I was born in 1977, four years after my sister and two years after the miscarried sibling.
The town I grew up in had long been a farming town. But rice consumption declined as the diet of Japanese people variegated after the war, and farmers shifted to part-time when the government ordered a reduction of rice fields. Backed by the economic growth that expanded domestic tourism, the town transformed into a resort town that attracted tourists with lakes and mountains all year around.
Even with prosperity, my hometown is no exception in the national issue of an aging society. The population in the 1980s was approximately 20,000, but as I write this in 2020, it has shrunk to 13,800. When I was growing up, there were nine elementary schools, three junior high schools, and one high school. As the younger population decreased, by 2019, the number dropped to three elementary schools, two junior high schools, and one high school.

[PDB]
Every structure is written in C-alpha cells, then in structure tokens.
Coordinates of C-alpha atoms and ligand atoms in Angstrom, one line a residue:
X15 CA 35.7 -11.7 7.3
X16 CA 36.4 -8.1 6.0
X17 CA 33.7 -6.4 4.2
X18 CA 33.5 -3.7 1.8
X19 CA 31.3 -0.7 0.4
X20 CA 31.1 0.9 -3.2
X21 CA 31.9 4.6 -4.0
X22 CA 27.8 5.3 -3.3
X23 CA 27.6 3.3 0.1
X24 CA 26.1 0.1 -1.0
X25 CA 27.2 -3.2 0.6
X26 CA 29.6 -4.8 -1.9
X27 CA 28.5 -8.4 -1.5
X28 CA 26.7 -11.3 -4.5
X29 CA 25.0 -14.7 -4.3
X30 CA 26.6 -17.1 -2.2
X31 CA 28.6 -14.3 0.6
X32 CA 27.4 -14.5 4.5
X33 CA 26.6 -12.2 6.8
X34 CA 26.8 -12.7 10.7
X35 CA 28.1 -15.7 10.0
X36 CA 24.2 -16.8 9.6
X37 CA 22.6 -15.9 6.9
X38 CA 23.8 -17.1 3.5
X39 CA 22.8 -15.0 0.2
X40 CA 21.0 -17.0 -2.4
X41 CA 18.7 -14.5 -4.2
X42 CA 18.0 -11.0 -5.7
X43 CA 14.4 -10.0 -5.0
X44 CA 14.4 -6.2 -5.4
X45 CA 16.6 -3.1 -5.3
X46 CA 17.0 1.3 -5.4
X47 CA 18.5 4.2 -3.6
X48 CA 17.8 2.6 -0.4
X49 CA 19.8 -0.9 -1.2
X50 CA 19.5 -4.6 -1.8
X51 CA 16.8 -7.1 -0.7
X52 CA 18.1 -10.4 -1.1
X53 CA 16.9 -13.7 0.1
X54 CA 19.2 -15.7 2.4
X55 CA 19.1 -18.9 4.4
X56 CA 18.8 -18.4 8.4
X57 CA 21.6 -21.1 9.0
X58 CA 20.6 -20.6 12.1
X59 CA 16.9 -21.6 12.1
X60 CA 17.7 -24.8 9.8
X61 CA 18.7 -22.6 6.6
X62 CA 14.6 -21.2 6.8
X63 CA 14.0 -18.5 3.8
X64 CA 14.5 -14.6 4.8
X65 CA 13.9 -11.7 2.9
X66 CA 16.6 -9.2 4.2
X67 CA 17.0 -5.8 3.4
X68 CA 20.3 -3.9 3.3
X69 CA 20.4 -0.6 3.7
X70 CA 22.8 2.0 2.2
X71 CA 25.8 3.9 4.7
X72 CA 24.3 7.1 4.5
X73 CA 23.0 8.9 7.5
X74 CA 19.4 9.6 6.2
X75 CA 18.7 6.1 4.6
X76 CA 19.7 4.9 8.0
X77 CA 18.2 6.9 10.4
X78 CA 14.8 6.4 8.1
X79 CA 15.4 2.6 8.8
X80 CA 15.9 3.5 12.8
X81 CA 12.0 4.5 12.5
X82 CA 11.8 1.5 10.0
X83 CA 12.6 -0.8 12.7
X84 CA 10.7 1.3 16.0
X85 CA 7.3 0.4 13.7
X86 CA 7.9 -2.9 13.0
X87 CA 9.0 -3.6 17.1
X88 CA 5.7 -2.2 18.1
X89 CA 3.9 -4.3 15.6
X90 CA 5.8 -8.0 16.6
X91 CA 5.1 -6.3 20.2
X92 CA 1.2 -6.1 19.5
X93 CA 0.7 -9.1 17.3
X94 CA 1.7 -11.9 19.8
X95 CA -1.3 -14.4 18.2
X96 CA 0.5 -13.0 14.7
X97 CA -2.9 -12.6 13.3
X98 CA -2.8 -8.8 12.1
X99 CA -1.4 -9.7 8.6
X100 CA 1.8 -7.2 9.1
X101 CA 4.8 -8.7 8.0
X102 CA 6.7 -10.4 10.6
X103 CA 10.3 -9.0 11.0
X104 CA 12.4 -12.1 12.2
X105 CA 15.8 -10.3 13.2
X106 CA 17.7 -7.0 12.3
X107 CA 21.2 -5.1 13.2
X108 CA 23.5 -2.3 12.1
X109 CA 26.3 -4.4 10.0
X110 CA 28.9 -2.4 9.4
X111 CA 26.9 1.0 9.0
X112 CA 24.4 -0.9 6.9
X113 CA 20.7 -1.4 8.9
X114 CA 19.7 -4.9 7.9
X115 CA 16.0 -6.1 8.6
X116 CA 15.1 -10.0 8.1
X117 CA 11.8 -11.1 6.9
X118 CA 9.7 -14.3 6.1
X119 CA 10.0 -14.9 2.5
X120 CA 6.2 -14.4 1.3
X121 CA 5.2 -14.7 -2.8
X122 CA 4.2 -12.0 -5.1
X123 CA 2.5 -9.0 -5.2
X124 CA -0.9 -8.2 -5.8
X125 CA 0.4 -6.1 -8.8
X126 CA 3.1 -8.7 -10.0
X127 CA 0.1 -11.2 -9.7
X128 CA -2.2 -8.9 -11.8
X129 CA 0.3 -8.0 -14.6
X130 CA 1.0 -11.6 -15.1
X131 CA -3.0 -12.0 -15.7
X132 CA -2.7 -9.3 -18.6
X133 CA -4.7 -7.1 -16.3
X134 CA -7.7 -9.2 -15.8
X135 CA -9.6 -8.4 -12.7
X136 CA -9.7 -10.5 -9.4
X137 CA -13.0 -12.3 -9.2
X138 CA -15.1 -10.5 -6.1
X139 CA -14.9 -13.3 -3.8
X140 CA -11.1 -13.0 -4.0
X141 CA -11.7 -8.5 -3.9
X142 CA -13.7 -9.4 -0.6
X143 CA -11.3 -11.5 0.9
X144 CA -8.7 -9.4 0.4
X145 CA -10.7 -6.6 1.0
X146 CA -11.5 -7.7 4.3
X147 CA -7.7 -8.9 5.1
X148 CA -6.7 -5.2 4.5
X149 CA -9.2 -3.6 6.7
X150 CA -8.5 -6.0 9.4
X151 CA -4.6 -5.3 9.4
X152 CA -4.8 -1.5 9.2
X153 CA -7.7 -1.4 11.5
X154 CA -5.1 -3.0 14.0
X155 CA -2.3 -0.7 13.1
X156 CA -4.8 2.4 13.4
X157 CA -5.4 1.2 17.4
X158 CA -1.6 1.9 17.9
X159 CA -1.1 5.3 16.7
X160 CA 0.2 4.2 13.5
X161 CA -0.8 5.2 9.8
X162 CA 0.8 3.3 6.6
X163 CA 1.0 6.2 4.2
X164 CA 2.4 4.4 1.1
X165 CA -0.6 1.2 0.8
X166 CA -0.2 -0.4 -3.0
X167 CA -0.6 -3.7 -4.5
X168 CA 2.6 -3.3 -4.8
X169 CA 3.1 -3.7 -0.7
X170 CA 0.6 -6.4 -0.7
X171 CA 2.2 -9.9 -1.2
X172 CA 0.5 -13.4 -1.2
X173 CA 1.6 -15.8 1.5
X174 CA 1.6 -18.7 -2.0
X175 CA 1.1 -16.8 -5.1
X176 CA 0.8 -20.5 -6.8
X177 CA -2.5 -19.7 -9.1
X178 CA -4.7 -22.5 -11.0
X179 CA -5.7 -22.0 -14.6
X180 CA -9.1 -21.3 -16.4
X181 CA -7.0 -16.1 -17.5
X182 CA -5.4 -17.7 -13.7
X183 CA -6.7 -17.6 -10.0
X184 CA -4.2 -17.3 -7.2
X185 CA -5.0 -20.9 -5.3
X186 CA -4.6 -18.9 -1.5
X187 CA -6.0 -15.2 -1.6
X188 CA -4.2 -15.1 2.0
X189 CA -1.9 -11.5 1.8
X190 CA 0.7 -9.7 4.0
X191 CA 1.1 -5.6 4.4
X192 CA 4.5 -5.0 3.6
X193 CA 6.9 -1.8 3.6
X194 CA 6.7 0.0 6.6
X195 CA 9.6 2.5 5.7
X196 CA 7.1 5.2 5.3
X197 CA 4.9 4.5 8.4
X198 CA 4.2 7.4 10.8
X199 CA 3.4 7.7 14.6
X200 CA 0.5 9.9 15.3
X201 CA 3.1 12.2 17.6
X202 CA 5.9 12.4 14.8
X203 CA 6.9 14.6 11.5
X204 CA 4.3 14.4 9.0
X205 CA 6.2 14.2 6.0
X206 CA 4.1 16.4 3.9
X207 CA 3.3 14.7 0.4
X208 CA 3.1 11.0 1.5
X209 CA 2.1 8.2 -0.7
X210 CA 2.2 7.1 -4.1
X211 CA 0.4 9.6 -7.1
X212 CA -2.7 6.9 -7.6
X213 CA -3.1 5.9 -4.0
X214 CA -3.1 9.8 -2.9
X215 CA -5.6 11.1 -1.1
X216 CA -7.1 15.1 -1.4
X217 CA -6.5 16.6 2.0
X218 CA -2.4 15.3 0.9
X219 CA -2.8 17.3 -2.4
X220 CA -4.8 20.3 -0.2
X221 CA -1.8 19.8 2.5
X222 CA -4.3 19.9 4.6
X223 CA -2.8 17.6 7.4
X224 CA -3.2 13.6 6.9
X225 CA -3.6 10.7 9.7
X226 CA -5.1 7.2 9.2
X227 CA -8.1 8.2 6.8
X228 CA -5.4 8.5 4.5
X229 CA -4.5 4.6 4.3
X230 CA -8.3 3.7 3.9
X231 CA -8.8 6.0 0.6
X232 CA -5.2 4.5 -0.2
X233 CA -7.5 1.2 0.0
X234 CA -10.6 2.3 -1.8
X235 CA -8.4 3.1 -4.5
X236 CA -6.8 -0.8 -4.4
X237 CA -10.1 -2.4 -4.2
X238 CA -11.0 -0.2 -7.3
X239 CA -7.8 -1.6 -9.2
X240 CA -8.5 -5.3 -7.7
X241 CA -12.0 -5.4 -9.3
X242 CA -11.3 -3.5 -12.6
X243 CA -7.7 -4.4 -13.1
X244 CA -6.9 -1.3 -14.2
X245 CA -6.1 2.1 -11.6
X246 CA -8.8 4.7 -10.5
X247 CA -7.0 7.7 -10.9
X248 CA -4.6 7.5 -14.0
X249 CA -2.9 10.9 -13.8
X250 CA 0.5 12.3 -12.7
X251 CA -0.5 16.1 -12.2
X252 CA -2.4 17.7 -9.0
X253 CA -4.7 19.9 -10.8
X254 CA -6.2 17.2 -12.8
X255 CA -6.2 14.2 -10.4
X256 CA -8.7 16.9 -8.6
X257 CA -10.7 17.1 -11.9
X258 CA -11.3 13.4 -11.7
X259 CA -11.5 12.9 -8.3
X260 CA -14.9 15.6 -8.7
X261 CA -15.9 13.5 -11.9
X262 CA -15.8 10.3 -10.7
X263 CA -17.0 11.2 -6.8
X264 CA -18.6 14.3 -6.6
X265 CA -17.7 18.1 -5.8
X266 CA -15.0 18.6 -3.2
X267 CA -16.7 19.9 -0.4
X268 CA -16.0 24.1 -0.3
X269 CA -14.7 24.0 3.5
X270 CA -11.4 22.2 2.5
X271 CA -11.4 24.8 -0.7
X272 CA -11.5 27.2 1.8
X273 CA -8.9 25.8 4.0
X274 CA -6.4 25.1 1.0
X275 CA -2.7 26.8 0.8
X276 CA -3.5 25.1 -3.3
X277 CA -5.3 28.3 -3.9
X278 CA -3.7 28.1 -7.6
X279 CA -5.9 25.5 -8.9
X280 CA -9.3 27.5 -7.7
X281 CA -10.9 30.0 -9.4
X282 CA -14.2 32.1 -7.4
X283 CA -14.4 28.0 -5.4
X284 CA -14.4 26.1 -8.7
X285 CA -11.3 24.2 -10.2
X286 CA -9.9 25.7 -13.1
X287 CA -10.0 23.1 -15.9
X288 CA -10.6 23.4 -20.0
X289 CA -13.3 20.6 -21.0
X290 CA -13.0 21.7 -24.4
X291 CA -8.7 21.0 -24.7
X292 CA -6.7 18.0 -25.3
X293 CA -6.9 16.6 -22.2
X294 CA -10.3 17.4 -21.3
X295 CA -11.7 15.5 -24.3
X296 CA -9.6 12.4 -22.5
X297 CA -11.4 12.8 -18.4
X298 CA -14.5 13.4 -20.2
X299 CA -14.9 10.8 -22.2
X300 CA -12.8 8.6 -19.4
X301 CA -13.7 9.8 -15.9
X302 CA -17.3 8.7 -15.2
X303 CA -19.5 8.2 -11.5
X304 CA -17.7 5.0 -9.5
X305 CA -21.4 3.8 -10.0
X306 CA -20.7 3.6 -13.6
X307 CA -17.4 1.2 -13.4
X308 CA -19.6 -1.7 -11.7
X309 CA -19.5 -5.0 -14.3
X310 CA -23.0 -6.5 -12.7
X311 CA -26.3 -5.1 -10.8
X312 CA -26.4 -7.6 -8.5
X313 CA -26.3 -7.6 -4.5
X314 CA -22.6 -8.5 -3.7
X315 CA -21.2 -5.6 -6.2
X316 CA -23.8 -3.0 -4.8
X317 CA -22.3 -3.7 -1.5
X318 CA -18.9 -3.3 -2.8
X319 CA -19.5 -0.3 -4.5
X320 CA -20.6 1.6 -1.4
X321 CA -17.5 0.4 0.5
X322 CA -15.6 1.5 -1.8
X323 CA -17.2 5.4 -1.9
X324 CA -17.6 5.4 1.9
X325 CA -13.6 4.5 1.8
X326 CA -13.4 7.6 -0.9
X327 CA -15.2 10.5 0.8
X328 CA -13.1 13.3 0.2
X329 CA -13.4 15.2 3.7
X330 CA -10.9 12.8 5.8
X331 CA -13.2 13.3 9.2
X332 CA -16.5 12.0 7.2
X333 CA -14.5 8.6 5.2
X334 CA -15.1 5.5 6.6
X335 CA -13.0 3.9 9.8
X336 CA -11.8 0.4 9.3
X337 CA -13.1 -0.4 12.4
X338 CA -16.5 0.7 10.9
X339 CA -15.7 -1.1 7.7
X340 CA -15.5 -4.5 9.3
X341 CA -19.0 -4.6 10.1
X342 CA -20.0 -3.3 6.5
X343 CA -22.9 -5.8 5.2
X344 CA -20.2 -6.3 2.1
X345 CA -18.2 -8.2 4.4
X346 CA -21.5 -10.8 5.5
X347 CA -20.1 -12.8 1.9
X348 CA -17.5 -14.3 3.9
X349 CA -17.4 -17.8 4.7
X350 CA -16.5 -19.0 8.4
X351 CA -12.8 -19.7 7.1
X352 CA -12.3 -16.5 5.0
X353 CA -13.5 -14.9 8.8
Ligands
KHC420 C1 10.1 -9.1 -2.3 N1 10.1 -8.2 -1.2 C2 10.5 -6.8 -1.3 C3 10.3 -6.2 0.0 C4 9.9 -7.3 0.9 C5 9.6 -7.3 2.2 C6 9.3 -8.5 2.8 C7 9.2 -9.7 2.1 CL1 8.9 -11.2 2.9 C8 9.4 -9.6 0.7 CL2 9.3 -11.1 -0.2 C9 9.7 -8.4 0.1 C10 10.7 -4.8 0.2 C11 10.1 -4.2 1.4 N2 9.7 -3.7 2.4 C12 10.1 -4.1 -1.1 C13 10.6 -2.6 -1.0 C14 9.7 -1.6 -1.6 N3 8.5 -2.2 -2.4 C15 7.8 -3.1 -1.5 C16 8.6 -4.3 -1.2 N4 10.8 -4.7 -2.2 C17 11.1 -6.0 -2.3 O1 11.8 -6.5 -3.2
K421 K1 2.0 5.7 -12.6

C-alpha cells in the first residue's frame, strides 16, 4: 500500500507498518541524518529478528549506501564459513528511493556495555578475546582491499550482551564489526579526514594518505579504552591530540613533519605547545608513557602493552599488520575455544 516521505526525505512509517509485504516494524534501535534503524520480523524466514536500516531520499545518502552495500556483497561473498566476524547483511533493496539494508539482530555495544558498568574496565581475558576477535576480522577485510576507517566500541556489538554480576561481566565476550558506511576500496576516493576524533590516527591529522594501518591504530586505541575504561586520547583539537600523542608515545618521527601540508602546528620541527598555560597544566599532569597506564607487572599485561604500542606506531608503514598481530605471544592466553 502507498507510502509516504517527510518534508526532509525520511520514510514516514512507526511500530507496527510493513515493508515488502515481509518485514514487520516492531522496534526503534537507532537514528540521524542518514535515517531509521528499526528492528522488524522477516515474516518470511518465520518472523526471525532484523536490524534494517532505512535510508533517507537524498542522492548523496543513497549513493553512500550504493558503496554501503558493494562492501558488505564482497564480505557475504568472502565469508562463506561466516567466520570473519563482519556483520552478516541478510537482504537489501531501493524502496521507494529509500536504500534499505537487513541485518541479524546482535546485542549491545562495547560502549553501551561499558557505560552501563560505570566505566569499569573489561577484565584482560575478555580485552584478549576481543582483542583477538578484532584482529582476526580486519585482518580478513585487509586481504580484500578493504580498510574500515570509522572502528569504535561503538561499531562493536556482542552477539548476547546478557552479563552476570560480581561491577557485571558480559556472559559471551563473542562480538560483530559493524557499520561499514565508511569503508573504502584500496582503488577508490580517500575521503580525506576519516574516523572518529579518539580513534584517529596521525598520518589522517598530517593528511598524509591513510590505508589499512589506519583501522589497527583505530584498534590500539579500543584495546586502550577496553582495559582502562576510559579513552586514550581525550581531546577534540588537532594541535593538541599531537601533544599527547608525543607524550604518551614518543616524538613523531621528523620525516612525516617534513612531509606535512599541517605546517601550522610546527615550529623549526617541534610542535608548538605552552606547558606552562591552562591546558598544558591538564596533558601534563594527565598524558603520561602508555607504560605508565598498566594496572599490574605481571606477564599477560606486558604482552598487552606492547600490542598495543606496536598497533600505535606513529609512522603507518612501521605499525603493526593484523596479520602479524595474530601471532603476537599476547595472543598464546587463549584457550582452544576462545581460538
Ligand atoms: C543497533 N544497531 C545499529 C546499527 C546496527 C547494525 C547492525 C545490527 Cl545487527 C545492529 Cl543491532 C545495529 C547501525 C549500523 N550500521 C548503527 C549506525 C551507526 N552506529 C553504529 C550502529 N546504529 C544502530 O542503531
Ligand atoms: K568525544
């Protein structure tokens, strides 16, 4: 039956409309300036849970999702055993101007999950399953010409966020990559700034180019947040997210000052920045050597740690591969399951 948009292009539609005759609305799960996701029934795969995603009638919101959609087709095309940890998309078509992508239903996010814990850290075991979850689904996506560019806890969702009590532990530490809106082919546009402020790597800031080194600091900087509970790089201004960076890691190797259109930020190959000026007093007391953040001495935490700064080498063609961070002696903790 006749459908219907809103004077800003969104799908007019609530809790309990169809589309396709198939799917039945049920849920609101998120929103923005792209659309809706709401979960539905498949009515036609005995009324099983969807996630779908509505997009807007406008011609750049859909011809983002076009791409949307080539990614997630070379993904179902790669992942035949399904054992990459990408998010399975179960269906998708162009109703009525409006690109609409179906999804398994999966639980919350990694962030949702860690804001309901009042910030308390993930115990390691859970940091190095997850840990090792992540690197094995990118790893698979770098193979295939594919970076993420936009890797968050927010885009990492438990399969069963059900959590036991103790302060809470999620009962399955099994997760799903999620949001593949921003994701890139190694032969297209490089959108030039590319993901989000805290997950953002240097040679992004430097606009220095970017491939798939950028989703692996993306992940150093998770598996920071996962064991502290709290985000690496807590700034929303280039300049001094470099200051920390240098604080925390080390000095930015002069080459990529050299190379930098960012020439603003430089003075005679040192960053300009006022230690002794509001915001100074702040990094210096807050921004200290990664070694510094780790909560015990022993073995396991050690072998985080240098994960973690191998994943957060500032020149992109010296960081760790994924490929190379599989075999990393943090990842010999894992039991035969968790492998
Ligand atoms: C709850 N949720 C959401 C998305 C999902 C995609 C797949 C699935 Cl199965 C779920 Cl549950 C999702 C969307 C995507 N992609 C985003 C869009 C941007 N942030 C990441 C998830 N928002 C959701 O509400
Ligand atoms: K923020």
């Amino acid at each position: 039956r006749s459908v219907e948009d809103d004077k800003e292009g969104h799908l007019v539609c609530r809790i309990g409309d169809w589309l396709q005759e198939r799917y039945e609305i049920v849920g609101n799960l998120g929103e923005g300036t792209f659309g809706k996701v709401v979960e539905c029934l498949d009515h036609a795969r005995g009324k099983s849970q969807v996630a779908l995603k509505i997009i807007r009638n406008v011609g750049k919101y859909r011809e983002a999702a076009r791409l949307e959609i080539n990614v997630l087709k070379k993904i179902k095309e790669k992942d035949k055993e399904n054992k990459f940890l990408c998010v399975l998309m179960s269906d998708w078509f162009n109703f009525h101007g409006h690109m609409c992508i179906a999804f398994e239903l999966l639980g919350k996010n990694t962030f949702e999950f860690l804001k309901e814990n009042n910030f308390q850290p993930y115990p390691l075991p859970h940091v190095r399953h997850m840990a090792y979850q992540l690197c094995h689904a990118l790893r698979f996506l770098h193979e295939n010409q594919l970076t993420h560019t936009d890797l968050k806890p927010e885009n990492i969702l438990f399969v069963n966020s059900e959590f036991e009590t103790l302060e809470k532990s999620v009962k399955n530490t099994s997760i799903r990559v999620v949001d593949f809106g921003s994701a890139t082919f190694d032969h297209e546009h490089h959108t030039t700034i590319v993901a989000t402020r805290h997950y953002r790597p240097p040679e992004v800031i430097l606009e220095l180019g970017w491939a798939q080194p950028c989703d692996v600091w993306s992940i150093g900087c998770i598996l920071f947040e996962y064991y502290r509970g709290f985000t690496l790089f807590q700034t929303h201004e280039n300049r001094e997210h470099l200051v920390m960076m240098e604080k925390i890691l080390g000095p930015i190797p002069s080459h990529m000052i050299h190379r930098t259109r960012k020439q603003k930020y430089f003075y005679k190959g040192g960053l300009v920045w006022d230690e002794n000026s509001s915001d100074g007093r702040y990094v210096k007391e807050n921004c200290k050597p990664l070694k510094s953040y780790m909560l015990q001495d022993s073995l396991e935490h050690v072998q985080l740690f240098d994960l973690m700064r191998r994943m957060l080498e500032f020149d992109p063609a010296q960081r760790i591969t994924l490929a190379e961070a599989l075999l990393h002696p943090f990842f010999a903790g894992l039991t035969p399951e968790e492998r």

In my parents’ time, young people tended to stay in my hometown to fulfill the oldest son’s obligations, like my father, or return home after studying or working elsewhere, like my mother. My generation’s population dropped not only because our parents had fewer children than our grandparents, but also depression carved tourism. Therefore people looked for jobs outside the town.
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